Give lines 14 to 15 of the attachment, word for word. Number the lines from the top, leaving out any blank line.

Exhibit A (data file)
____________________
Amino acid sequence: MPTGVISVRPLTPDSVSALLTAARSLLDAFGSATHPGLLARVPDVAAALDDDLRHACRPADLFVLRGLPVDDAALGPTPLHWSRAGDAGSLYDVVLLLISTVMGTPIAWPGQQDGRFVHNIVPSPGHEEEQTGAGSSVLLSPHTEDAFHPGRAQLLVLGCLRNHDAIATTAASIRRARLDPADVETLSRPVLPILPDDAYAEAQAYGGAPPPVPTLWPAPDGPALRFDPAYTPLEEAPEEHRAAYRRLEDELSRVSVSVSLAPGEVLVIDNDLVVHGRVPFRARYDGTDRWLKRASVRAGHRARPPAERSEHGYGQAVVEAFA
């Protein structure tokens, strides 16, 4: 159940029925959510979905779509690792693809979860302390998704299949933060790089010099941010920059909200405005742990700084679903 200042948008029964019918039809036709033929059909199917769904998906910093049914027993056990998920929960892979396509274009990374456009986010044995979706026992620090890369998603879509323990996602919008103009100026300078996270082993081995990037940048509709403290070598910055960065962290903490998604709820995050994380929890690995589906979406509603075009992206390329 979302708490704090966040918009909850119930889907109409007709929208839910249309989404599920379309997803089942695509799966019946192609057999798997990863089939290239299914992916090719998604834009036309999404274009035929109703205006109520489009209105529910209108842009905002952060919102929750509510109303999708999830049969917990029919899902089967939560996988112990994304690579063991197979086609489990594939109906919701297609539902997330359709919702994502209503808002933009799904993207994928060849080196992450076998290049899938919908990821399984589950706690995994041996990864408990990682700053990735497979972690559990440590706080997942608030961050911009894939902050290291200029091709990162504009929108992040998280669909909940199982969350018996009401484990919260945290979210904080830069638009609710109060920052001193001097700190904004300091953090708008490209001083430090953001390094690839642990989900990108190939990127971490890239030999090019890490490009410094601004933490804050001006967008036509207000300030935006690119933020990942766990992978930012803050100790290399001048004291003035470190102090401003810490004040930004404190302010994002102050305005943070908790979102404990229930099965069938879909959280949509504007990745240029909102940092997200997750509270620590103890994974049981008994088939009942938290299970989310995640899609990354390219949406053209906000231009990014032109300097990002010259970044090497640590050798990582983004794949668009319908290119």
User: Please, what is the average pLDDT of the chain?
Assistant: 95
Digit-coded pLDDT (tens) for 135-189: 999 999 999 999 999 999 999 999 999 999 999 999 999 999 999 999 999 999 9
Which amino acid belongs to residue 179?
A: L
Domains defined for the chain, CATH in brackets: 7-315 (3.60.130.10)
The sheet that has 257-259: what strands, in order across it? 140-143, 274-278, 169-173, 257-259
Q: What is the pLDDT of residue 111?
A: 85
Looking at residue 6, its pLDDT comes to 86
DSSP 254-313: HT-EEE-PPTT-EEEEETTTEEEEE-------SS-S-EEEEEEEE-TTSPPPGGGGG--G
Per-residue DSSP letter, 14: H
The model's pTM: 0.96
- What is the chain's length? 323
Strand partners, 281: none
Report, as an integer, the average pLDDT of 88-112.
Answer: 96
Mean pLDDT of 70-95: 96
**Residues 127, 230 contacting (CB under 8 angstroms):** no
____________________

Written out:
Per-residue DSSP letter, 14: H
The model's pTM: 0.96